New Investigation Puts Google Under Microscope
Google faced a sticky situation last month in Germany, going back and forth with government officials on data-collection allegations, and now faces more questions stateside.
Richard Blumenthal, attorney general for Connecticut, said Monday that he's leading an investigation into Google’s Wi-Fi data collection practices connected to its Street View project. Additionally, some 30 states expressed interest in participating in the investigation.
Google claims it accidentally obtained random personal data while collecting data for Street View via unencrypted Wi-Fi networks. Blumenthal is trying to find out when and why Google extracted the personal data; who inserted the code into Google programming; and if there have been repeat examples of this case, among other tasks.
But what's important to remember is that responsibility for privacy rests not just with companies, but also with individuals, according to David Sockol, CEO of Emagined Security, a San Carlos, Calif.-based solution provider.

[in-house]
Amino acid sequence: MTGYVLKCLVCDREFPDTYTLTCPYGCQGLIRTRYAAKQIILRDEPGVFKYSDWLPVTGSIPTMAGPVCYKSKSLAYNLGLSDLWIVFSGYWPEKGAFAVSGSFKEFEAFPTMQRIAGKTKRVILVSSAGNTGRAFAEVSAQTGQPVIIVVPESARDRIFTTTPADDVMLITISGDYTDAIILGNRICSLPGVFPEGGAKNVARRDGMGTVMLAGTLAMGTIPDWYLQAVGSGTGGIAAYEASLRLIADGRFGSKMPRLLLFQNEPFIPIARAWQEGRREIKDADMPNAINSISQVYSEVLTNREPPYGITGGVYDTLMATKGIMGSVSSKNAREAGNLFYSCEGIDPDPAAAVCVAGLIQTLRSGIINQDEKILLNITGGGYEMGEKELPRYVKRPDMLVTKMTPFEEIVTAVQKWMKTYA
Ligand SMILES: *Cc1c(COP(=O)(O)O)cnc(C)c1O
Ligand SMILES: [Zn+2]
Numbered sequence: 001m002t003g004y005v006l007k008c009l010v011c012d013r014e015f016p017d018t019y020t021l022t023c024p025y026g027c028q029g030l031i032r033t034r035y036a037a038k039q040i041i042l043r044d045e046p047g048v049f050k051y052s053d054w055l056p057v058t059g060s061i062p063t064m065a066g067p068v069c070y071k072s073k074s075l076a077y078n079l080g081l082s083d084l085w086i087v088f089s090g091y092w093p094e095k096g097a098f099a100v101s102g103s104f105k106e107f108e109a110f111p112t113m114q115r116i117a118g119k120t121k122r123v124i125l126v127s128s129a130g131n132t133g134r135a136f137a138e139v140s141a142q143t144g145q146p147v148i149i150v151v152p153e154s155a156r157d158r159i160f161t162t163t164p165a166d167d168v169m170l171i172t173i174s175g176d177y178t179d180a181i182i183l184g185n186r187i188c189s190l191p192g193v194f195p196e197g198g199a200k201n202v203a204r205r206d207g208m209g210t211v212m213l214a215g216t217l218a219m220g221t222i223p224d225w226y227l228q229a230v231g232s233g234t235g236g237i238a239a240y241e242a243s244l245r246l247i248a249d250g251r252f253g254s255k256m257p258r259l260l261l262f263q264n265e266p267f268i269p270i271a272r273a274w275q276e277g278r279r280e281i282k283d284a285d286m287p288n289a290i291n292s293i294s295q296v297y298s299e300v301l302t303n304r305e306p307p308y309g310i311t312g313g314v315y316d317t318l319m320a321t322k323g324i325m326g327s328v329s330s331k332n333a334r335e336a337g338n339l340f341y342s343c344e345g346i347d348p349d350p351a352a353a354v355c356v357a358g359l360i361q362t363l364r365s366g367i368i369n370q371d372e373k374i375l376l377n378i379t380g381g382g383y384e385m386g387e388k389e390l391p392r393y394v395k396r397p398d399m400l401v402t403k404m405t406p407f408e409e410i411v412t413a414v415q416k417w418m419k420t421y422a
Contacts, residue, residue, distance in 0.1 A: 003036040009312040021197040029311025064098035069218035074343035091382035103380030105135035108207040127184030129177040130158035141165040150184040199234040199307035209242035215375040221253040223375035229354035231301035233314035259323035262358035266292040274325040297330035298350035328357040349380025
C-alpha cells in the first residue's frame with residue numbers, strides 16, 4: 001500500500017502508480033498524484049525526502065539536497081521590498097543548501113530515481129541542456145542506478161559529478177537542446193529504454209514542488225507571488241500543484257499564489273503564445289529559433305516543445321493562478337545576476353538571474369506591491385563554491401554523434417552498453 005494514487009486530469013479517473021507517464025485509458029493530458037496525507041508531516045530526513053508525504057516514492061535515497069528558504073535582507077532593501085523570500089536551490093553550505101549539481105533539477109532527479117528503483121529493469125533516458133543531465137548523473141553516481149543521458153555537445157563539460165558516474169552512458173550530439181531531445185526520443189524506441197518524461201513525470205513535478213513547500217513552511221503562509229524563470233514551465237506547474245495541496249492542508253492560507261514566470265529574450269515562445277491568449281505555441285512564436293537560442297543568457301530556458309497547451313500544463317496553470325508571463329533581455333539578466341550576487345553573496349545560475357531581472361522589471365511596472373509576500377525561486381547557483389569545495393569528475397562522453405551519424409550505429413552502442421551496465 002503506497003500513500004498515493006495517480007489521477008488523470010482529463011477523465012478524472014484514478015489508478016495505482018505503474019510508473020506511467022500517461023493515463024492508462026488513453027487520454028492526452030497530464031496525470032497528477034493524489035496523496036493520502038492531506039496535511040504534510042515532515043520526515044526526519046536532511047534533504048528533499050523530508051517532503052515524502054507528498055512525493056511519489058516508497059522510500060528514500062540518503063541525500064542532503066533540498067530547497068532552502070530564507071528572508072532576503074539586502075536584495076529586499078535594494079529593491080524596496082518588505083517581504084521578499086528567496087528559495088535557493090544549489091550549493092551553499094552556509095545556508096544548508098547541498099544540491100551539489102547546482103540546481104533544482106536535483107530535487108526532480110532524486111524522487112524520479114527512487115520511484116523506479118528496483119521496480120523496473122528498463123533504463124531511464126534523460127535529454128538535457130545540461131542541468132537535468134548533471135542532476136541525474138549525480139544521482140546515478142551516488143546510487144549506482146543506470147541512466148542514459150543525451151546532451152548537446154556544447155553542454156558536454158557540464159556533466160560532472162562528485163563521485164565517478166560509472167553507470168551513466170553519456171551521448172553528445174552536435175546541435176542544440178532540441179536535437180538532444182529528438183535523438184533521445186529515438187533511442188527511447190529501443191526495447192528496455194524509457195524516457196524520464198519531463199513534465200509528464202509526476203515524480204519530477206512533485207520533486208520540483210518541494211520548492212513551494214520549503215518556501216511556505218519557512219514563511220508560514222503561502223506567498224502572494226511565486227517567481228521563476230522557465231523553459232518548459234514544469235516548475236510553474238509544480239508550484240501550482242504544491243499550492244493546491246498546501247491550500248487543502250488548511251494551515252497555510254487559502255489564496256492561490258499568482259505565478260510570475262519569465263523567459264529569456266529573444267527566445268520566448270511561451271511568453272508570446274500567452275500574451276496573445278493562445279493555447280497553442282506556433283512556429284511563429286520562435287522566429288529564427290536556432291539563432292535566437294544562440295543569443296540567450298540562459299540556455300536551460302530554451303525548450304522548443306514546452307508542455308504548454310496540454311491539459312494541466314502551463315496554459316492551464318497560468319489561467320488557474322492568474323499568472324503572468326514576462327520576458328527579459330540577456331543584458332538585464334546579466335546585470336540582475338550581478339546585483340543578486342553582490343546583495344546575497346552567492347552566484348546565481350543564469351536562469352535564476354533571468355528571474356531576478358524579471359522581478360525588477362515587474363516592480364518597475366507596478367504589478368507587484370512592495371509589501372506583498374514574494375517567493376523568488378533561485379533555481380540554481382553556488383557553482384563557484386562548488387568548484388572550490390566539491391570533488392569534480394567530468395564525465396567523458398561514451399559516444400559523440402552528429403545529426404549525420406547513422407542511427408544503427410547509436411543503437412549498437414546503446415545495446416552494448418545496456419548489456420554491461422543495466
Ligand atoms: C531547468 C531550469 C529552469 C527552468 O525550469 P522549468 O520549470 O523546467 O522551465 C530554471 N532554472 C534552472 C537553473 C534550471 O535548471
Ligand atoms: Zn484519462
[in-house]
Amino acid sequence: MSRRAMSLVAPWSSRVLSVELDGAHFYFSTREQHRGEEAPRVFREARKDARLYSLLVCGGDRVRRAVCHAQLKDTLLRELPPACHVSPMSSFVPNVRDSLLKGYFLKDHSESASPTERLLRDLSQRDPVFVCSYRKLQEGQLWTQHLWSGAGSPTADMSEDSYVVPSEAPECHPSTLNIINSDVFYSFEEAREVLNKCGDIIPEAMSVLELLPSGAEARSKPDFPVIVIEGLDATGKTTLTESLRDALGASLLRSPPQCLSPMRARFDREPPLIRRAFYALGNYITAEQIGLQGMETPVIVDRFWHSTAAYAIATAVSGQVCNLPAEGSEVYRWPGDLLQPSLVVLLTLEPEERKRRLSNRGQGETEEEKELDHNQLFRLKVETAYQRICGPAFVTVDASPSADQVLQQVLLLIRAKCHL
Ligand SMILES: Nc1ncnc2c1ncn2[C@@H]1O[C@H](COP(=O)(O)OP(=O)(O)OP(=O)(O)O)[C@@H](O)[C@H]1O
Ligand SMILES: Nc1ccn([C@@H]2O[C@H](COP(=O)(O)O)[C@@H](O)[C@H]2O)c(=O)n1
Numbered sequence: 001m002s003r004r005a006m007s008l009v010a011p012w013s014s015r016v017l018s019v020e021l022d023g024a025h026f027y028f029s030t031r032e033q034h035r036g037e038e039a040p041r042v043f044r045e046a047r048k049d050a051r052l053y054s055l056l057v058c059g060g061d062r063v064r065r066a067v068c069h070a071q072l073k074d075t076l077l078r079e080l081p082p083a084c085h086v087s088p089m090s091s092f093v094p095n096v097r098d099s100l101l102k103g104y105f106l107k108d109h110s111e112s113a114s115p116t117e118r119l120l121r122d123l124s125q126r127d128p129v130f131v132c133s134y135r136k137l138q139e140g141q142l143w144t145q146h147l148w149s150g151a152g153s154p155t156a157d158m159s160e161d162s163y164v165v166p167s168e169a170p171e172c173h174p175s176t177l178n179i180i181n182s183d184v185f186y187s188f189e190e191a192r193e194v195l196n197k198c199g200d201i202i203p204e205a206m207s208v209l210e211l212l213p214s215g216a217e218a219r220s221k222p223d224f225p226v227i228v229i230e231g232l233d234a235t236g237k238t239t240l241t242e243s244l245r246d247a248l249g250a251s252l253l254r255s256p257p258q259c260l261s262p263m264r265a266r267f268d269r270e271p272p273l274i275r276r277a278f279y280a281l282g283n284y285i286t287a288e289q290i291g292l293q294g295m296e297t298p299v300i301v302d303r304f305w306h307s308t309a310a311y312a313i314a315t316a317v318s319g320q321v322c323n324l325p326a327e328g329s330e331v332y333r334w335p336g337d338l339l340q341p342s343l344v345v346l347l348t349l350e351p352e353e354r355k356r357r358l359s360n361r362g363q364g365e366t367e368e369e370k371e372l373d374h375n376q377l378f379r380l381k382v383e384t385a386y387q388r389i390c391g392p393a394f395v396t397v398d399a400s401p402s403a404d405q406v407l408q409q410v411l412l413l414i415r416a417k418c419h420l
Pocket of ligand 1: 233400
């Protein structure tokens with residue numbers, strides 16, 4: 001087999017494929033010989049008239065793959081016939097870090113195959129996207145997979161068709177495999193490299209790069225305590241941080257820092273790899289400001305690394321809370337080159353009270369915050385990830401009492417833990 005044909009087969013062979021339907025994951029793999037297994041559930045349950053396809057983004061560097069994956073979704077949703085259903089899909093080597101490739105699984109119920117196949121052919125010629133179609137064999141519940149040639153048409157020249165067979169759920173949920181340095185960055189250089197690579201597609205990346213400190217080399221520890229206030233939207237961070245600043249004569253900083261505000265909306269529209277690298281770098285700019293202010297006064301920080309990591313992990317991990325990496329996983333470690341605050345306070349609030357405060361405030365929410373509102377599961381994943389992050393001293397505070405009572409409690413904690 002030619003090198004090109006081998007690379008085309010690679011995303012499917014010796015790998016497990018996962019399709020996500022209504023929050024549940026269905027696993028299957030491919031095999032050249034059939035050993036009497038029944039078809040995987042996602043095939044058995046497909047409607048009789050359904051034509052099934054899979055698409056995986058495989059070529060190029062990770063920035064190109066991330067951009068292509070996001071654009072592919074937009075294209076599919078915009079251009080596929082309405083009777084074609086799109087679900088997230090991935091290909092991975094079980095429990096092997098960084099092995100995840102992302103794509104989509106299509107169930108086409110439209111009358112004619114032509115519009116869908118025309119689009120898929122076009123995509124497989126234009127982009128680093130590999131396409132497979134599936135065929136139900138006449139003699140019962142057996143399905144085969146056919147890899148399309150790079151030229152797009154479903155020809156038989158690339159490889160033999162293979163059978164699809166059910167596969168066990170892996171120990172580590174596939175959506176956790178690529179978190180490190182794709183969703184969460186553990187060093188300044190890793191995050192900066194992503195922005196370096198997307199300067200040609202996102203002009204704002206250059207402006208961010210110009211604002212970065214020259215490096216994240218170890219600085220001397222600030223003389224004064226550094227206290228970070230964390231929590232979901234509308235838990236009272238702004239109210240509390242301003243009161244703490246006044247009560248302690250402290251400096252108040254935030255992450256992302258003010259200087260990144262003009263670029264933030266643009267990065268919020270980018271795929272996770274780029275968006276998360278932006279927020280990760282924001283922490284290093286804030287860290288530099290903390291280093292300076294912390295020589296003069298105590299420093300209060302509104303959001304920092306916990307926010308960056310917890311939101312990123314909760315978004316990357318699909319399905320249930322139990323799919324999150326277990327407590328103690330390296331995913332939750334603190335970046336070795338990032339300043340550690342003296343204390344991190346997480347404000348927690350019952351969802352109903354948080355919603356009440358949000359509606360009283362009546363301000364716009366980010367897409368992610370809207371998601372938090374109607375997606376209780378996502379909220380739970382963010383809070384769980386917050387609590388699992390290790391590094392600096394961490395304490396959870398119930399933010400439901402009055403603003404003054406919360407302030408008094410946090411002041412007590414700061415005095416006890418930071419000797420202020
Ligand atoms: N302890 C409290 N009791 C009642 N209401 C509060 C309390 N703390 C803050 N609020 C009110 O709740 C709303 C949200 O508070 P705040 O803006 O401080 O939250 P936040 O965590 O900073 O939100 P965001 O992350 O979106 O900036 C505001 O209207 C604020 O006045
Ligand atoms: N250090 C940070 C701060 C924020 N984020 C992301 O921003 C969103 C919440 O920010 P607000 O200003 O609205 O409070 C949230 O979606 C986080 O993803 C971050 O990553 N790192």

’Citizens of all countries should ensure they have adequately protected themselves, but in many cases this does not happen,’ he said. ’Without protection, networks can be connected without explicit authorization."
The U.S. investigation will also take a closer look into Google’s working practices, according to the BBC.
Said Blumenthal: "Street View cannot mean Complete View -- invading home and business computer networks and vacuuming up personal information and communications. Consumers have a right and a need to know what personal information -- which could include e-mails, Web browsing and passwords -- Google may have collected and why. Google must come clean.
’Drive-by data sweeps of unsecured Wi-Fi networks here would be deeply disturbing, a potentially impermissible, pernicious invasion of privacy," Blumenthal said.
In addition to the domestic investigation, Google is also facing investigations in Germany, Italy, Australia and Canada.
Sockol said he believes Google is working hard to protect itself from exposing information that could lead to prosecution.
’I can understand that Google may be cautious to turn over data to the government that they collected, especially since it may contain additional information such as personal or confidential data,’ Sockol said. ’If I were in Google’s shoes, I would be working hard to get agreement from the government that destruction of the data is sufficient.’